Feminae: Medieval Women and Gender Index

5 Record(s) Found in our database

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1. Record Number: 20779
Author(s): Meyer, Mati
Title : The Levite's Concubine: Imaging the Marginal Woman in Byzantine Society [Provides comparative discussion of different representations of the rape of the concubine within the corpus of illuminated Byzantine manuscripts; extrapolates on what these different representations -particularly of clothing--reveal about contemporary clergy's attitudes towards the concepts of women, sexuality, and the function of marriage. Title note supplied by Feminae].
Source: Studies in Iconography , 27., ( 2006):  Pages 45 - 76.
Year of Publication: 2006.

2. Record Number: 3713
Author(s): Hanson, John.
Title : Erotic Imagery on Byzantine Ivory Caskets
Source: Desire and Denial in Byzantium: Papers from the Thirty-First Spring Symposium of Byzantine Studies, University of Sussex, Brighton, March 1997.   Edited by Liz James. Society for the Promotion of Byzantine Studies, Publications 6 .   Variorum (Ashgate Publishing), 1999. Studies in Iconography , 27., ( 2006):  Pages 171 - 184.
Year of Publication: 1999.

3. Record Number: 4349
Author(s): Even, Yael.
Title : Daphne (Without Apollo) Reconsidered: Some Disregarded Images of Sexual Pursuit in Italian Renaissance and Baroque Art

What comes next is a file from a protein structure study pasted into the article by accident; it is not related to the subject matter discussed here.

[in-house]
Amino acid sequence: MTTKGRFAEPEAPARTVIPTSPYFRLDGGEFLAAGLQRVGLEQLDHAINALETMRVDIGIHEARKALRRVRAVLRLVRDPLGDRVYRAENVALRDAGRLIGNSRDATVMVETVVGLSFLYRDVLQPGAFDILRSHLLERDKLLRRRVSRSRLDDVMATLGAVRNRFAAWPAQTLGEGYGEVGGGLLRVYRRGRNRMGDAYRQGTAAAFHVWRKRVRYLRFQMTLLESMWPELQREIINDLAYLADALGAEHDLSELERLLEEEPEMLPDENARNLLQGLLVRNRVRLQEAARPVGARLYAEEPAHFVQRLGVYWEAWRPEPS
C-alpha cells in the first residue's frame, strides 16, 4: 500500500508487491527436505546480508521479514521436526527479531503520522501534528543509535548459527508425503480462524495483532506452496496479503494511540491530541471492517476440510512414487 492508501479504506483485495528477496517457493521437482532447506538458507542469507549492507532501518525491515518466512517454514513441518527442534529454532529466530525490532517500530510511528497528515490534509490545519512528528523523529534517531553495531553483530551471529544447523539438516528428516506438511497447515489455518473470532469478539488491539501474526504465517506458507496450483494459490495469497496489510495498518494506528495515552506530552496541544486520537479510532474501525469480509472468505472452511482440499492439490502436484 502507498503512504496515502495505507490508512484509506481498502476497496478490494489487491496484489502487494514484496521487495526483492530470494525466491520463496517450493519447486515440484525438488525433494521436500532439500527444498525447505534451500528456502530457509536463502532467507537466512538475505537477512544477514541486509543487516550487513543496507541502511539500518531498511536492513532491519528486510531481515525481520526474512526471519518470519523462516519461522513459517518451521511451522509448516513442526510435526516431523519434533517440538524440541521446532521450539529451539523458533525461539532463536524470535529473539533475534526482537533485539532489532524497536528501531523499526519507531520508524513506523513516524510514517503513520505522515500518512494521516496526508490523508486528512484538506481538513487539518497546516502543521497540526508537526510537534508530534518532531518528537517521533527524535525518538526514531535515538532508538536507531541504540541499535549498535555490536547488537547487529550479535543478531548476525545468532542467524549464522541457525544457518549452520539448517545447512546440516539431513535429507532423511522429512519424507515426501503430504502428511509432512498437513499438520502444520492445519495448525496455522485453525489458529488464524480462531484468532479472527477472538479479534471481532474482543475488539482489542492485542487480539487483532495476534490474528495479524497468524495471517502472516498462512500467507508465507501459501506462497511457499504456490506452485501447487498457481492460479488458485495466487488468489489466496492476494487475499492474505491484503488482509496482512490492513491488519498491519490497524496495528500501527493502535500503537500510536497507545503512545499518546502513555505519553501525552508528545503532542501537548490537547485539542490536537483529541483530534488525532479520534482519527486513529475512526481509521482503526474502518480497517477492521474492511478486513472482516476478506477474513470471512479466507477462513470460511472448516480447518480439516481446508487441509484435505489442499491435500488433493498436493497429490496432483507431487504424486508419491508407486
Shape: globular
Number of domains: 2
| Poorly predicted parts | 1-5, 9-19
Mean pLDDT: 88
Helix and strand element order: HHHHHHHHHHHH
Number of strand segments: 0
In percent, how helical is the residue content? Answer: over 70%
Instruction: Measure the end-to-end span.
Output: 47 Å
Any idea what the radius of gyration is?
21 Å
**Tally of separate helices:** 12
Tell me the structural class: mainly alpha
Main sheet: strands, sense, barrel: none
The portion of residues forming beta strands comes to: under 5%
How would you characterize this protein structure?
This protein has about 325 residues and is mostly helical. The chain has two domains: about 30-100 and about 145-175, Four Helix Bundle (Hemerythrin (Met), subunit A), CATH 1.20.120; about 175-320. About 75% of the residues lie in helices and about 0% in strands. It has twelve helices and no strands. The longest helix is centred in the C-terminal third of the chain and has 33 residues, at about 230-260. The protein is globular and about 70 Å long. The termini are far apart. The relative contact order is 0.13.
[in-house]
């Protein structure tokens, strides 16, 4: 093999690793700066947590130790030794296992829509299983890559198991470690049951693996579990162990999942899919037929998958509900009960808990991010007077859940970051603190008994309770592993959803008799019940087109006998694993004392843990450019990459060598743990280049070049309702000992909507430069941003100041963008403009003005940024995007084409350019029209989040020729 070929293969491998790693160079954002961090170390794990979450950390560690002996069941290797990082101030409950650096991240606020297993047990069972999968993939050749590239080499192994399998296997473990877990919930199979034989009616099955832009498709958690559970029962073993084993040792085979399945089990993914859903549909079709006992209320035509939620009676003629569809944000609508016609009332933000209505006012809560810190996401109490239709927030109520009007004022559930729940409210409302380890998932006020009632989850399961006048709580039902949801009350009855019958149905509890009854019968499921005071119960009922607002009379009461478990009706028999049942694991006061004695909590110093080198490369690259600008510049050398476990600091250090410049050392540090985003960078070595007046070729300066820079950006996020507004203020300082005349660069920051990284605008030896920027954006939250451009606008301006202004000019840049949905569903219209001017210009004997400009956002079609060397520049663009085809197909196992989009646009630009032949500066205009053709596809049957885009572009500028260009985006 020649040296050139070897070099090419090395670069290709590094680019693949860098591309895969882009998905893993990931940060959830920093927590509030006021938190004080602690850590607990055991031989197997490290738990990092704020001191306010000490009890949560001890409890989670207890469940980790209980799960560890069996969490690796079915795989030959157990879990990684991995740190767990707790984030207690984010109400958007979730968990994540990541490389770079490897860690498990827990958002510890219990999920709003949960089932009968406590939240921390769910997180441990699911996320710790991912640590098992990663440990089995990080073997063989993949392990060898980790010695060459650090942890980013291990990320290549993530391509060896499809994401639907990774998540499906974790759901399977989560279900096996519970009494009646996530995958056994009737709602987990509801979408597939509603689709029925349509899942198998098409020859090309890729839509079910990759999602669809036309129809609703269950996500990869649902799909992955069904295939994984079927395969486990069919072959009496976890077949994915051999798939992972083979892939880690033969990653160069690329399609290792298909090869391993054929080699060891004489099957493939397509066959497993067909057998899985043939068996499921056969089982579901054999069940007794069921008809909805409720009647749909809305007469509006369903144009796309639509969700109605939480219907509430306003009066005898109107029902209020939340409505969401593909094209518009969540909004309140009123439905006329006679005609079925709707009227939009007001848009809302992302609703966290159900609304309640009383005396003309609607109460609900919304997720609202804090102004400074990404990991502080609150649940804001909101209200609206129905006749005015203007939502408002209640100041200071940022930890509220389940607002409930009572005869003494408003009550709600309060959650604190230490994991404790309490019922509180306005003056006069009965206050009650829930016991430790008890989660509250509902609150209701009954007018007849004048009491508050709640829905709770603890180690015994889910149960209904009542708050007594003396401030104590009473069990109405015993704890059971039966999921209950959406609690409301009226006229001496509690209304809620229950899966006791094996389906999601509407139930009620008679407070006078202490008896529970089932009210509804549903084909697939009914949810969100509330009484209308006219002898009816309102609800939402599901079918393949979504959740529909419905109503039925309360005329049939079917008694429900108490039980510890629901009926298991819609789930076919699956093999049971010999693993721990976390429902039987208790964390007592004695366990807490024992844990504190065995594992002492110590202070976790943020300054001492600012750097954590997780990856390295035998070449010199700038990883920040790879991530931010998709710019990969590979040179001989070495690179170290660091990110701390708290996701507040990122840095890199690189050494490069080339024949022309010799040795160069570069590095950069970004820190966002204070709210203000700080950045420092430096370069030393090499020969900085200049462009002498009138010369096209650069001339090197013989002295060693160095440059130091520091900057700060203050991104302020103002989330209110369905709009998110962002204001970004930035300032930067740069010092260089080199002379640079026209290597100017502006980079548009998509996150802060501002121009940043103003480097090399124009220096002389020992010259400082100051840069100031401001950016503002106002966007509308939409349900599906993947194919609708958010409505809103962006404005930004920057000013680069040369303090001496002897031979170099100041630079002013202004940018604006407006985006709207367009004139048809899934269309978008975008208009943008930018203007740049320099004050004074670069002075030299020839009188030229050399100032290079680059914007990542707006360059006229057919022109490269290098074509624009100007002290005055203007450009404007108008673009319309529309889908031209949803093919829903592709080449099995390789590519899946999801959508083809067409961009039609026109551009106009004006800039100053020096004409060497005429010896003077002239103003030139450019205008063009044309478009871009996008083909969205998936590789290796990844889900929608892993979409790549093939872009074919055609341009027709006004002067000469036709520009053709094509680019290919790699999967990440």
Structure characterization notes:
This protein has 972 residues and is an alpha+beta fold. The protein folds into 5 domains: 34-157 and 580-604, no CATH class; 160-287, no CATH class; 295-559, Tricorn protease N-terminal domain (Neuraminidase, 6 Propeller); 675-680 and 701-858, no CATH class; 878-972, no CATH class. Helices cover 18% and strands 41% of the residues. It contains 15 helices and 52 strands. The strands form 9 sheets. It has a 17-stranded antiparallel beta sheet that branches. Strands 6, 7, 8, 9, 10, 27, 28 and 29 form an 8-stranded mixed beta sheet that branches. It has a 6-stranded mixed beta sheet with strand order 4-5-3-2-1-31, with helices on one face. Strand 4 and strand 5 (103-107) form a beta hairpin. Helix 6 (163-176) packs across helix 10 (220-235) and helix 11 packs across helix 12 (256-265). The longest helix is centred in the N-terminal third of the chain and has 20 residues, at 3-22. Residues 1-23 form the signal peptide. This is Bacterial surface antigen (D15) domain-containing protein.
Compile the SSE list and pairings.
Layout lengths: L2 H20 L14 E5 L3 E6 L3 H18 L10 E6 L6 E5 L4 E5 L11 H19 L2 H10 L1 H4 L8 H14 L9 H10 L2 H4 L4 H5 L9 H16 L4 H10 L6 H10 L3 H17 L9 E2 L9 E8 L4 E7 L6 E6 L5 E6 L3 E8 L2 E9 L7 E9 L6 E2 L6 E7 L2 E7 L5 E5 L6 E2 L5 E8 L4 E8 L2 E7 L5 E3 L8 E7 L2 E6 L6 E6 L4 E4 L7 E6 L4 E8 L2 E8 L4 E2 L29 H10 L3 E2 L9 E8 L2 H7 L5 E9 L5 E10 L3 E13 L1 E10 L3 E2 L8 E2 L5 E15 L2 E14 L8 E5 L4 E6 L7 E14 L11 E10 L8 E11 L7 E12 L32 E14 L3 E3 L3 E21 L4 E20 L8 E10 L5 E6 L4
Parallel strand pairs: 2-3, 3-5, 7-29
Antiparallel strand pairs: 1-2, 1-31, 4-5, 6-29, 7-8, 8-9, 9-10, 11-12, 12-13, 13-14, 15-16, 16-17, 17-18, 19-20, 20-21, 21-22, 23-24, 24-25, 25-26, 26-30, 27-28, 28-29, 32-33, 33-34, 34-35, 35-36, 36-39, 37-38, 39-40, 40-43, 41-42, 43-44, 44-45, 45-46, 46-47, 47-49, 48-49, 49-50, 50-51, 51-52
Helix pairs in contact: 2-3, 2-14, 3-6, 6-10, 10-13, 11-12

Source: Studies in Iconography , 18., ( 1997):  Pages 143 - 159.
Year of Publication: 1997.

4. Record Number: 1556
Author(s): Bolduc, Michelle
Title : The Disruptive Discourse: Women in the Margins of the "Bayeux Tapestry" and the "Hours of Catherine de Clèves"
Source: Romance Languages Annual , 6., ( 1994):  Pages 18 - 22.
Year of Publication: 1994.

5. Record Number: 12692
Author(s): Kaske, R. E.
Title : Amnon and Thamar on a Misericord in a Hereford Cathedral [Although the majority of misericords appear to depict secular scenes, one misericord in the Hereford Cathedral may in fact depict a Biblical scene: the episode of Amnon and Thamar (here, Amnon makes advances toward his half-sister Thamar just before he rapes her). Rather than being too unsuitable or obscure for an appearance on a misericord, this episode of rape and incest was well known and often moralized by medieval commentators. Title note supplied by Feminae.].
Source: Traditio , 45., ( 1990):  Pages 1 - 10.
Year of Publication: 1990.